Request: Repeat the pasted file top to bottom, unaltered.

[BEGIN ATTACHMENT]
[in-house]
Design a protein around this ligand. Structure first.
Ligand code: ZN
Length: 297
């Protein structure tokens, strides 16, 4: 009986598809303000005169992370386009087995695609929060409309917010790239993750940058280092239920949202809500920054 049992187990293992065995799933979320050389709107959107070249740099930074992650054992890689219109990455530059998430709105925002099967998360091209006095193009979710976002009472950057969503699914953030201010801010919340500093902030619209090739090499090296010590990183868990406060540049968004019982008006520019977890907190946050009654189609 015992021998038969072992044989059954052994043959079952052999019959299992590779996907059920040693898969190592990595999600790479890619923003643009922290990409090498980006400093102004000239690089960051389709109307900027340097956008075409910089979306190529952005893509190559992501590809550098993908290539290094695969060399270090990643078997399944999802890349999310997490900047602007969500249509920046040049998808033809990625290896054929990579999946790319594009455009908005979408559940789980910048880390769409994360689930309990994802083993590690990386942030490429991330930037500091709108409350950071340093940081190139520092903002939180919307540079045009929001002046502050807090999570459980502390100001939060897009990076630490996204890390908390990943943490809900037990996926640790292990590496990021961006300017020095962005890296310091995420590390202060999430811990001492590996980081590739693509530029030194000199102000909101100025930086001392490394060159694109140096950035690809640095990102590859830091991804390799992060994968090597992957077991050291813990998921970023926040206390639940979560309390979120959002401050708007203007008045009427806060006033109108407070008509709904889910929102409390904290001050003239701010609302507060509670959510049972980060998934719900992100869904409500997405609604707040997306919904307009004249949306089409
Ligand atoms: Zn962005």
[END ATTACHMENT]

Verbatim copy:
[in-house]
Design a protein around this ligand. Structure first.
Ligand code: ZN
Length: 297
């Protein structure tokens, strides 16, 4: 009986598809303000005169992370386009087995695609929060409309917010790239993750940058280092239920949202809500920054 049992187990293992065995799933979320050389709107959107070249740099930074992650054992890689219109990455530059998430709105925002099967998360091209006095193009979710976002009472950057969503699914953030201010801010919340500093902030619209090739090499090296010590990183868990406060540049968004019982008006520019977890907190946050009654189609 015992021998038969072992044989059954052994043959079952052999019959299992590779996907059920040693898969190592990595999600790479890619923003643009922290990409090498980006400093102004000239690089960051389709109307900027340097956008075409910089979306190529952005893509190559992501590809550098993908290539290094695969060399270090990643078997399944999802890349999310997490900047602007969500249509920046040049998808033809990625290896054929990579999946790319594009455009908005979408559940789980910048880390769409994360689930309990994802083993590690990386942030490429991330930037500091709108409350950071340093940081190139520092903002939180919307540079045009929001002046502050807090999570459980502390100001939060897009990076630490996204890390908390990943943490809900037990996926640790292990590496990021961006300017020095962005890296310091995420590390202060999430811990001492590996980081590739693509530029030194000199102000909101100025930086001392490394060159694109140096950035690809640095990102590859830091991804390799992060994968090597992957077991050291813990998921970023926040206390639940979560309390979120959002401050708007203007008045009427806060006033109108407070008509709904889910929102409390904290001050003239701010609302507060509670959510049972980060998934719900992100869904409500997405609604707040997306919904307009004249949306089409
Ligand atoms: Zn962005």